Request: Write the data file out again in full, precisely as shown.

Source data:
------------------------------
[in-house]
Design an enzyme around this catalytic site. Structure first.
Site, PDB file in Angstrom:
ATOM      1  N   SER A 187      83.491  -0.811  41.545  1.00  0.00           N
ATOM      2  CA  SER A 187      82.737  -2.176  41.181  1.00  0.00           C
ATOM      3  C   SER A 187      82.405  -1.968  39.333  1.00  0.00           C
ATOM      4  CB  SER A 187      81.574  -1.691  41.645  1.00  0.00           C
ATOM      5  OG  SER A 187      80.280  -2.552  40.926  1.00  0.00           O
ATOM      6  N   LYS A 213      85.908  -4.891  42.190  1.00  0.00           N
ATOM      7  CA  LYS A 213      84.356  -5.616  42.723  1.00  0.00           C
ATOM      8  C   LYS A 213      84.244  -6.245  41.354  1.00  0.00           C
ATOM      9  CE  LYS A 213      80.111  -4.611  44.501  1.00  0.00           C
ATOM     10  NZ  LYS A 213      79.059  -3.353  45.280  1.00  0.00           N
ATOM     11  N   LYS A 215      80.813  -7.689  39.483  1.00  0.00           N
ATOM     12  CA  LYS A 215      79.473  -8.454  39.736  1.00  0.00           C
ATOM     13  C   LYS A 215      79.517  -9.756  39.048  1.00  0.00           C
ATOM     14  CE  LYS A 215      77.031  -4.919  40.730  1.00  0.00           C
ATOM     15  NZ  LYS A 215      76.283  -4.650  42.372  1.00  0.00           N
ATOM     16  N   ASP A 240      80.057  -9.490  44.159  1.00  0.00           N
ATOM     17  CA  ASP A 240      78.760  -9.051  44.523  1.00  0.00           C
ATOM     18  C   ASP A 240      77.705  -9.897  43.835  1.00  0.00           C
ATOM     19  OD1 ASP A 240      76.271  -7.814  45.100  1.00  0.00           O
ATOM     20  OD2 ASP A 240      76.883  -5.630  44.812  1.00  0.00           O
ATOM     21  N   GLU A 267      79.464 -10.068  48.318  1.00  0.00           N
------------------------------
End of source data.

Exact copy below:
[in-house]
Design an enzyme around this catalytic site. Structure first.
Site, PDB file in Angstrom:
ATOM      1  N   SER A 187      83.491  -0.811  41.545  1.00  0.00           N
ATOM      2  CA  SER A 187      82.737  -2.176  41.181  1.00  0.00           C
ATOM      3  C   SER A 187      82.405  -1.968  39.333  1.00  0.00           C
ATOM      4  CB  SER A 187      81.574  -1.691  41.645  1.00  0.00           C
ATOM      5  OG  SER A 187      80.280  -2.552  40.926  1.00  0.00           O
ATOM      6  N   LYS A 213      85.908  -4.891  42.190  1.00  0.00           N
ATOM      7  CA  LYS A 213      84.356  -5.616  42.723  1.00  0.00           C
ATOM      8  C   LYS A 213      84.244  -6.245  41.354  1.00  0.00           C
ATOM      9  CE  LYS A 213      80.111  -4.611  44.501  1.00  0.00           C
ATOM     10  NZ  LYS A 213      79.059  -3.353  45.280  1.00  0.00           N
ATOM     11  N   LYS A 215      80.813  -7.689  39.483  1.00  0.00           N
ATOM     12  CA  LYS A 215      79.473  -8.454  39.736  1.00  0.00           C
ATOM     13  C   LYS A 215      79.517  -9.756  39.048  1.00  0.00           C
ATOM     14  CE  LYS A 215      77.031  -4.919  40.730  1.00  0.00           C
ATOM     15  NZ  LYS A 215      76.283  -4.650  42.372  1.00  0.00           N
ATOM     16  N   ASP A 240      80.057  -9.490  44.159  1.00  0.00           N
ATOM     17  CA  ASP A 240      78.760  -9.051  44.523  1.00  0.00           C
ATOM     18  C   ASP A 240      77.705  -9.897  43.835  1.00  0.00           C
ATOM     19  OD1 ASP A 240      76.271  -7.814  45.100  1.00  0.00           O
ATOM     20  OD2 ASP A 240      76.883  -5.630  44.812  1.00  0.00           O
ATOM     21  N   GLU A 267      79.464 -10.068  48.318  1.00  0.00           N